Of those arithmetic operations that are performed on the functions, which arithmetic operation comes easy for you and which one is hard for you. Please explain.

Please name the 4 arithmetic operations that are performed on the functions. (please do NOT name the types of function but instead the operations of functions)

Of those arithmetic operations that are performed on the functions, which arithmetic operation comes easy for you and which one is hard for you. Please explain.

Of those arithmetic operations that are performed on the functions, which arithmetic operation comes easy for you and which one is hard for you. Please explain.

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Stanton D. | Tutor to Pique Your Sciences InterestTutor to Pique Your Sciences Interest

Crystal, what he's saying is, you've quoted a question (problem) without giving any indication of what the question refers to. It's like asking us, "What's in this picture?" but not showing the picture!

So, when the question says "operations that are performed on the functions", you have to show us the examples that were given with the question originally. Or else, as Steve suggests, look at the bunch of examples you were originally given with the question, and look for evidence that the expressions in the examples used addition, subtraction, multiplication, or division ANYWHERE in them. If they did, then you can re-write them in the forms that Steve quoted. For example, if you were given the expression (2x^2 - 4x +2) you can re-write that as (2x^2) - (4x - 2) and say that that is f(x) - g(x), where f(x) = 2x^2 and g(x) = 4x - 2 . You have to be able to shift back and forth between explicit expressions (2x^2) and representing those same things as function expressions (f(x), in this example). How are these ways of writing the same thing different? Well, when you say "f(x)", then that could stand for 2x^2 (as it does here), but it might also stand for other things, when you need it to.

Maybe your issue is, you don't understand why you might want to go from something you pretty much recognize (2x^2) to something that seems vague (f(x))?

That's because some of the things you do in math to solve equations, fall into patterns, that you can learn to recognize as patterns, and solve the same general way for the same pattern.

Here's an example: "Clear the square root from the denominator of the expression:

(2 + 3x)/(x - 2(x)^0.5)"

Now, are you likely to have ever seen this *exact* problem before, so that you remember the *exact* thing you did before? Not likely!

So, instead, you look for a pattern, and you find one: the denominator has the form (a-b), where a=x, and b=2(x)^0.5 .(For this problem, these are like f(x) and g(x) respectively, aren't they). And by now you should know, that one of the things you can do with the expression (a-b), is multiply it by (a+b), to get (a^2 - b^2). This will give you a result that gets rid of the (x)^0.5 part of the denominator. So:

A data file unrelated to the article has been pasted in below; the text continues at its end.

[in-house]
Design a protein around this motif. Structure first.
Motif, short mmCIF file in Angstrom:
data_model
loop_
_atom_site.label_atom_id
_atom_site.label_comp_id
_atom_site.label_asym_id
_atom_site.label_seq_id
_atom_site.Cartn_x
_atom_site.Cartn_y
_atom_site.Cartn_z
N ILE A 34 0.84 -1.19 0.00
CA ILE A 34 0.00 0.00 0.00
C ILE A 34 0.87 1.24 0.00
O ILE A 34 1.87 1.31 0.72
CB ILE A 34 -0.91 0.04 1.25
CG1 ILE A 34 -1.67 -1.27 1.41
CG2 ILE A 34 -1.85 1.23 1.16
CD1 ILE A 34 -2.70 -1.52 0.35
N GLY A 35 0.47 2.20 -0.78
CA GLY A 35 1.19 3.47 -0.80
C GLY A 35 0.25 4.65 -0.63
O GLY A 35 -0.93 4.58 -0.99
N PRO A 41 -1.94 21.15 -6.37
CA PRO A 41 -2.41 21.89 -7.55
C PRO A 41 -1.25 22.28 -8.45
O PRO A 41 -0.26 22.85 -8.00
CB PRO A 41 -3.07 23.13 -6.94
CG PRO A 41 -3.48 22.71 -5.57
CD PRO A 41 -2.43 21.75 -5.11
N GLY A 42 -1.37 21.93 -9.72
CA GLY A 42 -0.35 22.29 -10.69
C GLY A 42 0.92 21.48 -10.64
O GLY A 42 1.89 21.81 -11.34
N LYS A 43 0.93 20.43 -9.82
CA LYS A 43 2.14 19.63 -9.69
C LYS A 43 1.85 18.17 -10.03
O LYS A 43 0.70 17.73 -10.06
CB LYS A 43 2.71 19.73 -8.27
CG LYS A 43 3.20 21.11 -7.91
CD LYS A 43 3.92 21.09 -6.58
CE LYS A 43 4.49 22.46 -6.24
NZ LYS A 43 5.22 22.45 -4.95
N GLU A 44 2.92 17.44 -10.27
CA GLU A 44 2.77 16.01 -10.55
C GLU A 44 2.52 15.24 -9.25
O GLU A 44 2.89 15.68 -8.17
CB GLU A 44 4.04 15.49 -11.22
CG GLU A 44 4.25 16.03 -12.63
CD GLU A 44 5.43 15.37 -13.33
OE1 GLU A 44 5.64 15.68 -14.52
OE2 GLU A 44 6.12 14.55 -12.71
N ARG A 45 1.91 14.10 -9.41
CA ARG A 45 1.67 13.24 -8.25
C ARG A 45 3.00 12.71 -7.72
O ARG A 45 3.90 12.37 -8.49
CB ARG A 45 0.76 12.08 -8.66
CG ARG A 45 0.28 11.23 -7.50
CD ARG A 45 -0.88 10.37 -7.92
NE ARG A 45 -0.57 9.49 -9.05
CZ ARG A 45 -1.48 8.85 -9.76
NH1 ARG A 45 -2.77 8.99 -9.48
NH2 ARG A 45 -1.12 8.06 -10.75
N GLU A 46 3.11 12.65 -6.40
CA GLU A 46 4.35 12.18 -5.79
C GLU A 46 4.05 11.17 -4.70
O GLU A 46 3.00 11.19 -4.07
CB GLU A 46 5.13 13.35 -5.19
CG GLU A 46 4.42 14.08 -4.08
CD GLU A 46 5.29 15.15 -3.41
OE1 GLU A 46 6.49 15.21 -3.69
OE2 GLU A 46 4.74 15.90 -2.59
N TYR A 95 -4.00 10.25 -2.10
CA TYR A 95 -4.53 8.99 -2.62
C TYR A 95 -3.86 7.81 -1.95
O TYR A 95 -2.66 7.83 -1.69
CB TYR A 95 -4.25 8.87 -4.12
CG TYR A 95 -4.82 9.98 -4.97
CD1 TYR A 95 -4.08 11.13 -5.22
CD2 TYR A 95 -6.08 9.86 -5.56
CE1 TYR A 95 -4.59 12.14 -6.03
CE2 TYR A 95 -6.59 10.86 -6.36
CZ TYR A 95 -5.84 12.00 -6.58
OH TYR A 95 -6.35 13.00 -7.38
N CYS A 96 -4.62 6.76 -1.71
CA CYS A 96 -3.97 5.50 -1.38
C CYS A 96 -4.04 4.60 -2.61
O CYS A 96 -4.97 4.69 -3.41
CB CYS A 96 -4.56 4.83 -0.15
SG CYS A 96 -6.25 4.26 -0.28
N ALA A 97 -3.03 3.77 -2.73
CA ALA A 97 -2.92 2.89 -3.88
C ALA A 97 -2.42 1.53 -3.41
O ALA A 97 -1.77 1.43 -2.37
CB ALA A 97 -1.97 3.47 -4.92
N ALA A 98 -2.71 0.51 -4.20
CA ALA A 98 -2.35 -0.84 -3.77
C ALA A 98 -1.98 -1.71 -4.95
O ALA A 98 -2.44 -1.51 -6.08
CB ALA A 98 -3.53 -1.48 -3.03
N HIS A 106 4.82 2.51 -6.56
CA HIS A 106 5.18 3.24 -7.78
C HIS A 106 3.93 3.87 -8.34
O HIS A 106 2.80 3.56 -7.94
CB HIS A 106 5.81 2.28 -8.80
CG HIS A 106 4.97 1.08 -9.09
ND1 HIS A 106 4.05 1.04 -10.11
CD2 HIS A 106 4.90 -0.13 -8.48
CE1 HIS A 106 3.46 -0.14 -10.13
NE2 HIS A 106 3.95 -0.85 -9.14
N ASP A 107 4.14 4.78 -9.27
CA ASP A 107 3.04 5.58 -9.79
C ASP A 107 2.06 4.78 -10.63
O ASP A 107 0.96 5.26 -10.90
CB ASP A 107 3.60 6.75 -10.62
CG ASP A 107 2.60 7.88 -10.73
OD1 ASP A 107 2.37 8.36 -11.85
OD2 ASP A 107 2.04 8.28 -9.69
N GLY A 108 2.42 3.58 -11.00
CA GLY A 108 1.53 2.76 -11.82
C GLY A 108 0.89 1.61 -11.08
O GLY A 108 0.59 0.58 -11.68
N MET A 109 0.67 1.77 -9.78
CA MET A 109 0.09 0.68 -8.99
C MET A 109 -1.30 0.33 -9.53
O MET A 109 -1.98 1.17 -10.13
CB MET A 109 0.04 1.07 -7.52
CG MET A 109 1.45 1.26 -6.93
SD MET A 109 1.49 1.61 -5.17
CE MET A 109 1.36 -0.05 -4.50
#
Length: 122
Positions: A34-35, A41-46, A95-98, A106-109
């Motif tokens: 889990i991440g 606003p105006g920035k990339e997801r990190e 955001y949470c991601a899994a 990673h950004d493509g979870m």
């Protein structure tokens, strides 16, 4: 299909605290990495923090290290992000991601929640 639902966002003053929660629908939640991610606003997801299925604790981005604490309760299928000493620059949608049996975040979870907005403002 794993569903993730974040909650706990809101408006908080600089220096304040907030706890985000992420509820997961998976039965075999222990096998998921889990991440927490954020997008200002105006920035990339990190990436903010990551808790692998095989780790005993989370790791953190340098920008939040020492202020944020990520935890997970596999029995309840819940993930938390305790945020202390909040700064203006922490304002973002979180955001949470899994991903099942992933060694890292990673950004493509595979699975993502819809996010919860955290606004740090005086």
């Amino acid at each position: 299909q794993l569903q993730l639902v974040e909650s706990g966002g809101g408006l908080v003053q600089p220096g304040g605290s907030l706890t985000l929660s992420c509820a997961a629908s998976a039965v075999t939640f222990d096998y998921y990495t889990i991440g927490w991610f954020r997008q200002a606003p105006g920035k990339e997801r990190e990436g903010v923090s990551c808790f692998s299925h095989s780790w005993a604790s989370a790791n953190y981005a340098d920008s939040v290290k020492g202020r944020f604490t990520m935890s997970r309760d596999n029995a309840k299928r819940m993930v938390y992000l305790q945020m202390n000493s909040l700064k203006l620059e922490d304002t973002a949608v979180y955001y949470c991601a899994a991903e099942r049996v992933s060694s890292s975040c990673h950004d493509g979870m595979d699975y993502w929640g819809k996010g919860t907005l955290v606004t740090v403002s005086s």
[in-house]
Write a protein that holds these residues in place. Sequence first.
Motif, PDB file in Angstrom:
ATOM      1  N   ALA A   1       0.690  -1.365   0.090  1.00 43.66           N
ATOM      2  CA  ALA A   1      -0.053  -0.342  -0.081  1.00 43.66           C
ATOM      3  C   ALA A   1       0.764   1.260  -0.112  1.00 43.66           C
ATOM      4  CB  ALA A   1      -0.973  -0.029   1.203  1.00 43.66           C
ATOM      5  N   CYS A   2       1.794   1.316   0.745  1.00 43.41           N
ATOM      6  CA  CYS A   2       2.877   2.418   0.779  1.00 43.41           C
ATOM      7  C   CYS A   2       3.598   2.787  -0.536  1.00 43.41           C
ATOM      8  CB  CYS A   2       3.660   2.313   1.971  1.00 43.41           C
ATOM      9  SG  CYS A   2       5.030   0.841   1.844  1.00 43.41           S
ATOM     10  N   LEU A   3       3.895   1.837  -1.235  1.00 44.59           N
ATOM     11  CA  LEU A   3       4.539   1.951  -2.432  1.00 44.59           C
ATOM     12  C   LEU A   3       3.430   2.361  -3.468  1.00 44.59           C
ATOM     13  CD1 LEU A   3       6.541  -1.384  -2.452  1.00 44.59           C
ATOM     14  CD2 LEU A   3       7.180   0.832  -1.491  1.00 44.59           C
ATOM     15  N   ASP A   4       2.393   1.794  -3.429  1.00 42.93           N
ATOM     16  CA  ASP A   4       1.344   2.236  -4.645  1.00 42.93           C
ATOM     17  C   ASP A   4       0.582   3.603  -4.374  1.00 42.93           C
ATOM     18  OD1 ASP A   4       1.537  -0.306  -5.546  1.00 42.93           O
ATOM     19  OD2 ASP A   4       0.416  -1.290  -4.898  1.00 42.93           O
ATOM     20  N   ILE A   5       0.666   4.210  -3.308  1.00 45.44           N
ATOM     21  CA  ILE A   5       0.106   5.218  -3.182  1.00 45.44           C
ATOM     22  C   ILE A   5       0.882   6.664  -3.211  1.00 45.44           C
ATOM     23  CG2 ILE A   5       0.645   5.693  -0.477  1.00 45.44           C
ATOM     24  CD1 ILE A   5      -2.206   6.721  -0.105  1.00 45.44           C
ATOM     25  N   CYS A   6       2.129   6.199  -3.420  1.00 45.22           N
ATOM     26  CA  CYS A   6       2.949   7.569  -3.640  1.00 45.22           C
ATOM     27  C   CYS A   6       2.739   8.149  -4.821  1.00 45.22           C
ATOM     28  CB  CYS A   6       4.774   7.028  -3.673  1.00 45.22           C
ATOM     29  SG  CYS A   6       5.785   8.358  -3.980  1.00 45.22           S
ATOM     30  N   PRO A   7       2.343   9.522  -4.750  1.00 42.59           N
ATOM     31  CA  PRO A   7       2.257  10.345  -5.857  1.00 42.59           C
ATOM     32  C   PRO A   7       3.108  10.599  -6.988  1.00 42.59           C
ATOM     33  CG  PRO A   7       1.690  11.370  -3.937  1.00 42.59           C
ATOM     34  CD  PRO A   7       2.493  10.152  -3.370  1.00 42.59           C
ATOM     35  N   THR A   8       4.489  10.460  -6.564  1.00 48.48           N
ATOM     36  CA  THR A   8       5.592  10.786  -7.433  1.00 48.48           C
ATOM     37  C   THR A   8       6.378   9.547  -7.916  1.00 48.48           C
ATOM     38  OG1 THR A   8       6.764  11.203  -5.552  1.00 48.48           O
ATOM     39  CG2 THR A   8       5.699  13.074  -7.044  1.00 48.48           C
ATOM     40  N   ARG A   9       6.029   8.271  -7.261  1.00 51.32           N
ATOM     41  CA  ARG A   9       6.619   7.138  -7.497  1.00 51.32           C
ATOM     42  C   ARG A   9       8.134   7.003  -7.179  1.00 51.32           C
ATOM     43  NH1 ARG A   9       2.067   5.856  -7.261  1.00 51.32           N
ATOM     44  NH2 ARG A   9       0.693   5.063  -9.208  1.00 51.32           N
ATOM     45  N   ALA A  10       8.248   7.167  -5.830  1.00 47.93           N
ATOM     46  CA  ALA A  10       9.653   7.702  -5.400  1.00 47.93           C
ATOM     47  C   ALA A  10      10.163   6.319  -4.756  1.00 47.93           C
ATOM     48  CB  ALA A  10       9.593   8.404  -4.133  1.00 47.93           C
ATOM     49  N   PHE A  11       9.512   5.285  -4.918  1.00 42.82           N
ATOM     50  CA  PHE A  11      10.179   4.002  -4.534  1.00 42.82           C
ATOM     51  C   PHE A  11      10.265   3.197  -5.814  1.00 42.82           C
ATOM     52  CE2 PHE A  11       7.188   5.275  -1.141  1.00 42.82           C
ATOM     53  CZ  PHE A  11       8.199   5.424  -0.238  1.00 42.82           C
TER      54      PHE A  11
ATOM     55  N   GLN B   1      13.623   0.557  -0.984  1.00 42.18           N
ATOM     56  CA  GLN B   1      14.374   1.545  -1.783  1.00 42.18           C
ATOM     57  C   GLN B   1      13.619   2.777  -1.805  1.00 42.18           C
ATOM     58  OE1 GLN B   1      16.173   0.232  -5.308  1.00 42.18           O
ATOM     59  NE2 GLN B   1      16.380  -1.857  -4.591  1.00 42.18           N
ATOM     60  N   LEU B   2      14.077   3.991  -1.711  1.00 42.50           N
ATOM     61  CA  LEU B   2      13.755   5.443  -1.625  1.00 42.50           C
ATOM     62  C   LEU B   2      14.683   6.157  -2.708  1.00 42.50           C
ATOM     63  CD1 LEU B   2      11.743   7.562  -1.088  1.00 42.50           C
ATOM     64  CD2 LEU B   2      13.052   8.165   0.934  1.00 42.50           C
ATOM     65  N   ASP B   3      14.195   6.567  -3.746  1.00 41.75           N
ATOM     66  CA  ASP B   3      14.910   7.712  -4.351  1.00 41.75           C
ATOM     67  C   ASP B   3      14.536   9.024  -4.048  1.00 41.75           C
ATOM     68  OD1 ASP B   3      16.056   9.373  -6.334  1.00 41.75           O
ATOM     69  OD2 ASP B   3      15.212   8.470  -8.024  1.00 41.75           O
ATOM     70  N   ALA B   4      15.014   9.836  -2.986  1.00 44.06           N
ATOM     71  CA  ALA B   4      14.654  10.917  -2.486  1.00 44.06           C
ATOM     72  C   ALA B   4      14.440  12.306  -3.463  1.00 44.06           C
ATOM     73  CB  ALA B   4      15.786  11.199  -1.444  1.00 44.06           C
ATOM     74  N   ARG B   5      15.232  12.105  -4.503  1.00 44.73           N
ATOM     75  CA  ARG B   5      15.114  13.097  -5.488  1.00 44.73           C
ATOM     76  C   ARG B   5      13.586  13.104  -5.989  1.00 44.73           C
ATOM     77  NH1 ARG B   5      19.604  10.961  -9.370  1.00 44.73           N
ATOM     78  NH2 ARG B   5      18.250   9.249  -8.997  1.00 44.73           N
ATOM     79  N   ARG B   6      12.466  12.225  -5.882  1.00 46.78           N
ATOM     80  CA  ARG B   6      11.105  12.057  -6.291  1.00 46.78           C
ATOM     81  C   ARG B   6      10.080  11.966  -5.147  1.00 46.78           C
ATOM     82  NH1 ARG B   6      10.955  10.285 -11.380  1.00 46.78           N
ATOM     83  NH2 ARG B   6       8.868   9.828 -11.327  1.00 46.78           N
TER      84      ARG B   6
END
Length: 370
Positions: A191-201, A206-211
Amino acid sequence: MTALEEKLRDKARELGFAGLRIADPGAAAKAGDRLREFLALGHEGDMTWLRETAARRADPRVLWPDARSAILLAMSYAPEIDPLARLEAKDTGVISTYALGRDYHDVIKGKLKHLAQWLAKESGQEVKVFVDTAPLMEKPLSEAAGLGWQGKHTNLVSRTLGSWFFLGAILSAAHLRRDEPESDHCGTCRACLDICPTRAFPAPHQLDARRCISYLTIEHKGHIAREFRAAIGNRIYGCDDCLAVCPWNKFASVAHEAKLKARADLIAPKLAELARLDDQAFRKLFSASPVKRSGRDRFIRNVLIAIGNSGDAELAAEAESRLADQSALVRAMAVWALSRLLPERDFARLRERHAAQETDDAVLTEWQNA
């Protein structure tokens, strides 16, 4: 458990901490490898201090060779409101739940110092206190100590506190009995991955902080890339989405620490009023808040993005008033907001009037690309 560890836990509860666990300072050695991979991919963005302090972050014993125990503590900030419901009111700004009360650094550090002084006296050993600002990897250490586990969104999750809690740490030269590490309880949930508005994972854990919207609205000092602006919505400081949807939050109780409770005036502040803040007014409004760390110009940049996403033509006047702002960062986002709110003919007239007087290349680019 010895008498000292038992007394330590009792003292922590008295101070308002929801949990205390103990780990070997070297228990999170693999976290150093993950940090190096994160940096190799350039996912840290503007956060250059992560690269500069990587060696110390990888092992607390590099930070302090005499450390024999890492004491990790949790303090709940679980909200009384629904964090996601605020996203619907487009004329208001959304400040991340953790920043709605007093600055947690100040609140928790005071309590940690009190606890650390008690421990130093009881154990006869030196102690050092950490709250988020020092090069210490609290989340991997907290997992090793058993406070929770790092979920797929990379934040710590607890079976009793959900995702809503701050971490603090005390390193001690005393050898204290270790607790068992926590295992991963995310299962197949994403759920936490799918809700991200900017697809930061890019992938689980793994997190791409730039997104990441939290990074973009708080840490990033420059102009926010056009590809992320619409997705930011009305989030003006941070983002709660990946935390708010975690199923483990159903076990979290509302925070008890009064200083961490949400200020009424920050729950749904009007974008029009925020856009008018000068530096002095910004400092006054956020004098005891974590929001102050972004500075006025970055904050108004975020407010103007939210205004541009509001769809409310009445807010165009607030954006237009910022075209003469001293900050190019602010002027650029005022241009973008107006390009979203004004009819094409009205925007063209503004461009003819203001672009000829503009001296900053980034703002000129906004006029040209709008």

=(2+3x)(x+2(x)^0.5)/(x-2(x)^0.5)(x+2(x)^0.5) = (2x +3(x)^2+4(x)^0.5+6(x)^1.5)/(x^2-4x) is your result.

By the way, you also do something a little like this, whenever you set up an equation (2x=4) to solve a problem, ("Mary runs 4 miles in 2 hours. At the same speed, how far does she run in one hour?") . Here, x stands for (it's an abstraction for) some value you need to find out (but don't know yet) in your problem; all you know is that two of them must add up to the value 4! You then can go on to solve the equation, obtaining x = 2 miles (I hope!). What's the value of representing your original problem as 2x = 4? First of all, it shows that you transformed the word problem correctly into a mathematical equation. You need to be able to do this of course in able to solve any word problem! But also, it shows you the type of equation that could be used to solve ANY word problem of the same sort as your particular one, that might have different particular values quoted in it.

In the same way, for lots of the things you will need to do with more complicated expressions eventually, you will need to recognize patterns in order to apply the rules you will learn. We just call the items in the patterns things like f(x) and g(x), in order to keep track of them. It's a little like looking for your other shoe in the morning, you say, "Have you seen my right shoe?", not "Have you seen Marjorie?" (if you name each of your shoes individually, and Marjorie happens to be the name you gave that particular shoe). Everyone can then start looking for your right shoe (f(x)); you don't have to explain what Marjorie looks like: red, with a bow, and (2x^2 - 3x -4) written on it, fits the right foot.

Hope this puts it in a bit of perspective for you!

Crystal,

You need to give us the function expressions.

=====

Maybe this is what you need:

You can do all four arithmetic operations on functions: addition, subtraction, multiplication, and division.

You can also do something called composition, but that's not asked for here.

If f(x) and g(x) are any two functions of x, here are the definitions:

(f+g)(x) = (f(x)) + (g(x))

(fâg)(x) = (f(x)) â (g(x))

(f*g)(x) = (f(x)) * (g(x))

(f/g)(x) = (f(x))/(g(x)), g(x) â 0.

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